© 1998 Ideation International Inc.May 1, 1999

ENDNOTES:

  1. This paper was originally prepared in 1992 for publication in the Journal of TRIZ, in an issue devoted to the Kishinev School. It was pulled from publication due to the proprietary nature of the material and because a patent was pending related to the Innovation WorkBench System™.
  2. Later, for the purpose of simplifying the structure of the TRIZ knowledge base, the “effects” were excluded from the System of Operators. [Translator’s note.]
  3. It is an interesting and well-known fact that the first attempts to automate a process usually involve imitating the human way, and that these attempts are never successful. (An example is the first sewing machine, which had artificial “arms.”) Real success was usually associated with the development of a new technology – one suitable for automation. [Translator’s note.]
  4. Boris Zlotin and Alla Zusman, “Problems of ARIZ Enhancement” (in Russian), Journal of TRIZ 3, no. 1 (1992). [Translator’s note: See the English translation on the scientific channel of our web site, www.ideationtriz.com.
  5. G. Altshuller et al., The Search for New Ideas: From Insight to Methodology (Kishinev: Kartya Moldovenyaska Publishing House, 1989).
  6. Zlotin and Zusman, “Problems of ARIZ Enhancement.”
  7. G. Altshuller, Basics of the Method of Inventing (Voroneg: Central Chernosem Publishing House, 1964).
  8. Lev Pevzner, “A Concept for Development of Micro-Standards for Solving Problems with the Help of a Computer” (in Russian), Journal of TRIZ 1, no. 2 (1990): p.44.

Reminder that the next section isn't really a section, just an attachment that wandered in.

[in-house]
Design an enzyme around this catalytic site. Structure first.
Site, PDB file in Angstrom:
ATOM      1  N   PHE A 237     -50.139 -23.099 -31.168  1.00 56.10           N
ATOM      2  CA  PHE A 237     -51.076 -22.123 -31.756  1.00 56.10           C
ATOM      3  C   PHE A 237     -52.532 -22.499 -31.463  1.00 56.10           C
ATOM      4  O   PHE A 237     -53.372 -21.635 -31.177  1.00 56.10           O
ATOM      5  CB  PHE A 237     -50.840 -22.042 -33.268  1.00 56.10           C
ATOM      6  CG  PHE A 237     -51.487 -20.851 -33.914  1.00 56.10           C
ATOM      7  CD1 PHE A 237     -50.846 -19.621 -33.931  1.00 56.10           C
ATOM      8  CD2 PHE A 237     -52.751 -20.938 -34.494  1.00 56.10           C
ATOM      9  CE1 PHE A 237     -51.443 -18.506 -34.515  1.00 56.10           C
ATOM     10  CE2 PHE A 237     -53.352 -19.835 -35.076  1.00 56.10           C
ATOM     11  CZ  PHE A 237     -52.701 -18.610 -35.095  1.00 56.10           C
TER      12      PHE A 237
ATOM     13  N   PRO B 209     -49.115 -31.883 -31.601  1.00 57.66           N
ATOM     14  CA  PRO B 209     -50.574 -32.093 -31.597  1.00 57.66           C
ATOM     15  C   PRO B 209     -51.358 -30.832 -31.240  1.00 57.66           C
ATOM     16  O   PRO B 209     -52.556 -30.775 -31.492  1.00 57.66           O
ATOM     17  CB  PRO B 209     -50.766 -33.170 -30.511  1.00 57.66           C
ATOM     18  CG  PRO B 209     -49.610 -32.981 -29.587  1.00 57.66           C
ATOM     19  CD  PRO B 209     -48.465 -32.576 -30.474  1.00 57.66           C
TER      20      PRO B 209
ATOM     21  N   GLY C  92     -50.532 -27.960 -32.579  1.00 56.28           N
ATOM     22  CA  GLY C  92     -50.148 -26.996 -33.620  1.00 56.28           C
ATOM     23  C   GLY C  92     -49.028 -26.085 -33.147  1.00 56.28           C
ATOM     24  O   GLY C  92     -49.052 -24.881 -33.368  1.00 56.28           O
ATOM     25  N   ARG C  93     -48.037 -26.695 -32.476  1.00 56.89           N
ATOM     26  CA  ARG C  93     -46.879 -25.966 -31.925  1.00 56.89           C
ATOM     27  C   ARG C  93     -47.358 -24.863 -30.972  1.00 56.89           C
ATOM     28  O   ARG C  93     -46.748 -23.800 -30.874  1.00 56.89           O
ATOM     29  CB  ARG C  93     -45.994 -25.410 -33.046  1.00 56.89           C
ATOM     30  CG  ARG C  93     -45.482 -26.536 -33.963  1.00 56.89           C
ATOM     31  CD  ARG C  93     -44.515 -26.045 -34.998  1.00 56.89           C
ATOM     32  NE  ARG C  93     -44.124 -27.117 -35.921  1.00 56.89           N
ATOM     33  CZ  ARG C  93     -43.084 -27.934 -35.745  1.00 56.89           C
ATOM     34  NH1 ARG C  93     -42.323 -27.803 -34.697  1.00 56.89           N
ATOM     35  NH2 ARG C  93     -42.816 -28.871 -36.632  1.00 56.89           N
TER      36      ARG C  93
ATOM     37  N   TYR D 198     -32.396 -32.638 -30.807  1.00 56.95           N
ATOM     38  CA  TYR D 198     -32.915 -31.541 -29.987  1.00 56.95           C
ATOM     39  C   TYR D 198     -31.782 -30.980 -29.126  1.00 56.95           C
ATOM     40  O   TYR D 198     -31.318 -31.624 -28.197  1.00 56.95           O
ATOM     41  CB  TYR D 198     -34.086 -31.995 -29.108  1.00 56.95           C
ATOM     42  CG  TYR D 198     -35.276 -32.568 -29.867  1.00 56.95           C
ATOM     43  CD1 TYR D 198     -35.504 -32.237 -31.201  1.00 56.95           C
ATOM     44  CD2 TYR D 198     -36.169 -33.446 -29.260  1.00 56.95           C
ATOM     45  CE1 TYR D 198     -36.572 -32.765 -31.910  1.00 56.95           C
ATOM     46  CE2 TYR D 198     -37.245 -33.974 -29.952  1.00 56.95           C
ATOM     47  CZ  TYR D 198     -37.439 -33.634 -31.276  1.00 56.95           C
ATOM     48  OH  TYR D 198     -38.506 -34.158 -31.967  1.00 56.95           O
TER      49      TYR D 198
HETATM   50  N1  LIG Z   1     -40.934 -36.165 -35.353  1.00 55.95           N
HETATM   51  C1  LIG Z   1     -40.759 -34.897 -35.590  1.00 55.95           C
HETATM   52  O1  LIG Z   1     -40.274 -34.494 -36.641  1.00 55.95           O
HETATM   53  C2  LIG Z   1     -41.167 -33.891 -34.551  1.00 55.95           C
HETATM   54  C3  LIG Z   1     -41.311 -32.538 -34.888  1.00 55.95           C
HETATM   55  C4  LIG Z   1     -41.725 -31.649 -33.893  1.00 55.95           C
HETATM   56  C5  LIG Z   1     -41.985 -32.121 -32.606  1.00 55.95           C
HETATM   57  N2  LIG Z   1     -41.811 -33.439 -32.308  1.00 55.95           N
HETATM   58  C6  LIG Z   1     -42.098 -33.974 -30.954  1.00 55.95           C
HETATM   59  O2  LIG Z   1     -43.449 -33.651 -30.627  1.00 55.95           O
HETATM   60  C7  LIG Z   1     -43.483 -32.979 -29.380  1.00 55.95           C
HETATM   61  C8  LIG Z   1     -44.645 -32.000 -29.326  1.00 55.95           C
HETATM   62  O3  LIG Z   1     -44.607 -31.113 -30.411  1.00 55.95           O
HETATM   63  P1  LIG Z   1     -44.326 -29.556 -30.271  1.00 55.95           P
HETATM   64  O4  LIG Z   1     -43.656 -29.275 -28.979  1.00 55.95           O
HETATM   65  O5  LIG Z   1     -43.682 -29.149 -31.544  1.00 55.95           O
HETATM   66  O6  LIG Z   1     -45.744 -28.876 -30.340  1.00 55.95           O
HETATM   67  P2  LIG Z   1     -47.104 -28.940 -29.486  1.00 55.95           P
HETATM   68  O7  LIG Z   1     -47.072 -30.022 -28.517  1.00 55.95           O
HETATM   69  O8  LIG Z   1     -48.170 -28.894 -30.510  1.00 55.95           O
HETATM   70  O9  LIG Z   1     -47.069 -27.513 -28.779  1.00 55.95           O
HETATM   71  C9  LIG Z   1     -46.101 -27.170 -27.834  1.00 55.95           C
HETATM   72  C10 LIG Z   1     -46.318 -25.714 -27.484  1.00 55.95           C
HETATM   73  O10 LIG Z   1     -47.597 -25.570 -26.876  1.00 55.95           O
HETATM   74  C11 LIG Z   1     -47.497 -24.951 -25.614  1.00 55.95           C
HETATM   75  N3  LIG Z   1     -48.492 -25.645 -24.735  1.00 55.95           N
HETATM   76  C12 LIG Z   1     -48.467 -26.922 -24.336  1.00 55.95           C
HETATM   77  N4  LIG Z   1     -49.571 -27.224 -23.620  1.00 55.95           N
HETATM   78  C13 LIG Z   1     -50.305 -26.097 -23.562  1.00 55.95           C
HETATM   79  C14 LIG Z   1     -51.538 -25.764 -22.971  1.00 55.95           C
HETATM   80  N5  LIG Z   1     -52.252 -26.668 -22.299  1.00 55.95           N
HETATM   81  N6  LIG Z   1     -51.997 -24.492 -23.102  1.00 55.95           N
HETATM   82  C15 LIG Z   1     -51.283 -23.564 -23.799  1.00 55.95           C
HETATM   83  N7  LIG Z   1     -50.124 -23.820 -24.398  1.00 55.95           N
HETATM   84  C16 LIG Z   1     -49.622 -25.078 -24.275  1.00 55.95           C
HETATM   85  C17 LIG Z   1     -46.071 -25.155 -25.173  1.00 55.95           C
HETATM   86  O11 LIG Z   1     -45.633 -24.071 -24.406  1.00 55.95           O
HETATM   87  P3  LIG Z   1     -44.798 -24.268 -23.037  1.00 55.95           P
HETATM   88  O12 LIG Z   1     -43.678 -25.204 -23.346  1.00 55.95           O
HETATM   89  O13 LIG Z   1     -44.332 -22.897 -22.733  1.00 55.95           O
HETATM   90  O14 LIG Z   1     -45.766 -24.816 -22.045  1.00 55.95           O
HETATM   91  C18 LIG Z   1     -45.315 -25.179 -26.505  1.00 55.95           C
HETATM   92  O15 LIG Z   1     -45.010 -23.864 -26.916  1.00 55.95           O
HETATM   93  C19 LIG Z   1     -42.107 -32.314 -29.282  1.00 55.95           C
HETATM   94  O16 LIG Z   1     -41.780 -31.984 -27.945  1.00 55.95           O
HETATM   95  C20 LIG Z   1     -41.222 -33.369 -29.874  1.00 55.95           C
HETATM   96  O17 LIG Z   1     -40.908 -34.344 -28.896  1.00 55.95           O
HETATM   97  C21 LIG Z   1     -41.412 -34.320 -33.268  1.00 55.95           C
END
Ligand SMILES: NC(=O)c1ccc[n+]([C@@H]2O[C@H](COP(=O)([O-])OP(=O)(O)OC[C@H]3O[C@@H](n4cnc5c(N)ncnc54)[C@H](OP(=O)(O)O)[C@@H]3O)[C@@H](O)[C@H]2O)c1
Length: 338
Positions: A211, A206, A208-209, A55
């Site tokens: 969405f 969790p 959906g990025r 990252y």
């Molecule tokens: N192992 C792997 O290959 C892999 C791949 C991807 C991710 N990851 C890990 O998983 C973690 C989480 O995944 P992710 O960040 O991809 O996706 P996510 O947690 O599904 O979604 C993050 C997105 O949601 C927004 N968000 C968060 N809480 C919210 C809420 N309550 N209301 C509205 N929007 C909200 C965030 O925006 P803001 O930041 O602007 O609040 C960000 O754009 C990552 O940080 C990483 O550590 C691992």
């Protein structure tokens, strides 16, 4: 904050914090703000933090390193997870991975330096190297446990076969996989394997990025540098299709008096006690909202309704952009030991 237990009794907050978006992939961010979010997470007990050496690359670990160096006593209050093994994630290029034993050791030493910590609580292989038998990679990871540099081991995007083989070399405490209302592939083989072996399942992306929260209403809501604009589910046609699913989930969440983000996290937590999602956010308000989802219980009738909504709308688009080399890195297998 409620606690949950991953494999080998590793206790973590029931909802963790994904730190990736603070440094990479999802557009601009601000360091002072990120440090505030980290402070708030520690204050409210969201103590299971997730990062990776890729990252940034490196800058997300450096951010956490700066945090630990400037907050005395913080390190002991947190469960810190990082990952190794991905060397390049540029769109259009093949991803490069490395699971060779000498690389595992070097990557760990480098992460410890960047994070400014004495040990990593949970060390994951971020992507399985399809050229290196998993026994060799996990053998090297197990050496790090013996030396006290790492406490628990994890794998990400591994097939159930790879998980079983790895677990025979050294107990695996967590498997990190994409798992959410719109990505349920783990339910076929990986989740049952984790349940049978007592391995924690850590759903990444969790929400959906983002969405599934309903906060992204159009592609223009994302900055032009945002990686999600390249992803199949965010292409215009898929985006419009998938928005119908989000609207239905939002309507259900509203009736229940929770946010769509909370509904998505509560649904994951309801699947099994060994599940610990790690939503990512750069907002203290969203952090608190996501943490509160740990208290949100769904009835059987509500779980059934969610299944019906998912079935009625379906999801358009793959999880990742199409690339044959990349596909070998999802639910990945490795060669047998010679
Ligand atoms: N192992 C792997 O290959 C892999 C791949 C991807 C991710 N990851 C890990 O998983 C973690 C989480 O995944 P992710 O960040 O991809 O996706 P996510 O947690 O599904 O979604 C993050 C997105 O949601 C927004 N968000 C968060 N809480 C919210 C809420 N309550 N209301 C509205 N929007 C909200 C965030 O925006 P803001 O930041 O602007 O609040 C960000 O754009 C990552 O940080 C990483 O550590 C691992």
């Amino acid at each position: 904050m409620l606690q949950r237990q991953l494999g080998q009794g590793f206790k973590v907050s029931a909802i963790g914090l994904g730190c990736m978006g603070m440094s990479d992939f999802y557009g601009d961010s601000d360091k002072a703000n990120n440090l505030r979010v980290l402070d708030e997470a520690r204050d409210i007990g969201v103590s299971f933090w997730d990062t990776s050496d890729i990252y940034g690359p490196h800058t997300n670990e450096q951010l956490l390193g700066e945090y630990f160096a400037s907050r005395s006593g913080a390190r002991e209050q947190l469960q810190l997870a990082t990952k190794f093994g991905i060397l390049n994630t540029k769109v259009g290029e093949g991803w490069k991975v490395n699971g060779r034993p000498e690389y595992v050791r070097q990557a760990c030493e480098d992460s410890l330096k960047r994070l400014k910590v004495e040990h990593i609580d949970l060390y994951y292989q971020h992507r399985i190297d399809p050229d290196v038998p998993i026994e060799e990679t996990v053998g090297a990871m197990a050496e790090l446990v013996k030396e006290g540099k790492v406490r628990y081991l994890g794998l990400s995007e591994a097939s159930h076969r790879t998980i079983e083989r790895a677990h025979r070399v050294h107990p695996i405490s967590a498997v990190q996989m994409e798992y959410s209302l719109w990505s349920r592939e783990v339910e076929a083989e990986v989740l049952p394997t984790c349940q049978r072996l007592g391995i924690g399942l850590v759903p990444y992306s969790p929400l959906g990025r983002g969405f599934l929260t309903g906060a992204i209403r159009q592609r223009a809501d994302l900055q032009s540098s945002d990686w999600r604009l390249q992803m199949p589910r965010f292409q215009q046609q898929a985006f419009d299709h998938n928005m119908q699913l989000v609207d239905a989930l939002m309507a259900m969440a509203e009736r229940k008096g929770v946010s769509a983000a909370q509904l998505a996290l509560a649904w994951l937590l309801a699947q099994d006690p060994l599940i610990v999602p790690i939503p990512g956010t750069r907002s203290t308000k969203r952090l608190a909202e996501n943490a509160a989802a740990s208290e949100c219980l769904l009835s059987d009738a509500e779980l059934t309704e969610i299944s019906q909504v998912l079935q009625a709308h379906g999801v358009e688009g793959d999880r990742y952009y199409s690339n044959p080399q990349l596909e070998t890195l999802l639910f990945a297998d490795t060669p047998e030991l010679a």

9. Boris Zlotin and Alla Zusman, “Basic Problems Related to the Development of TRIZ-Based Software” (in Russian), Journal of TRIZ, V4, no. 1 (1994).
  10. Later renamed as “General.” [Translator’s note.]
  11. Later placed in the Innovation Guide. [Translator’s note.]
  12. These references form so-called “associative chains,” which model the way experienced TRIZ Specialists solve problems.
  13. Boris Zlotin and Alla Zusman, “Basic Problems Related to the Development of TRIZ-Based Software” (in Russian), Journal of TRIZ, V4, no. 1 (1994).
  14. A secondary problem (drawback) results from applying a known way to eliminate the initial drawback. [Translator’s note.]
  15. Later, Substance-Field models were replaced by a verbal problem description.
  16. Pure text information (text file).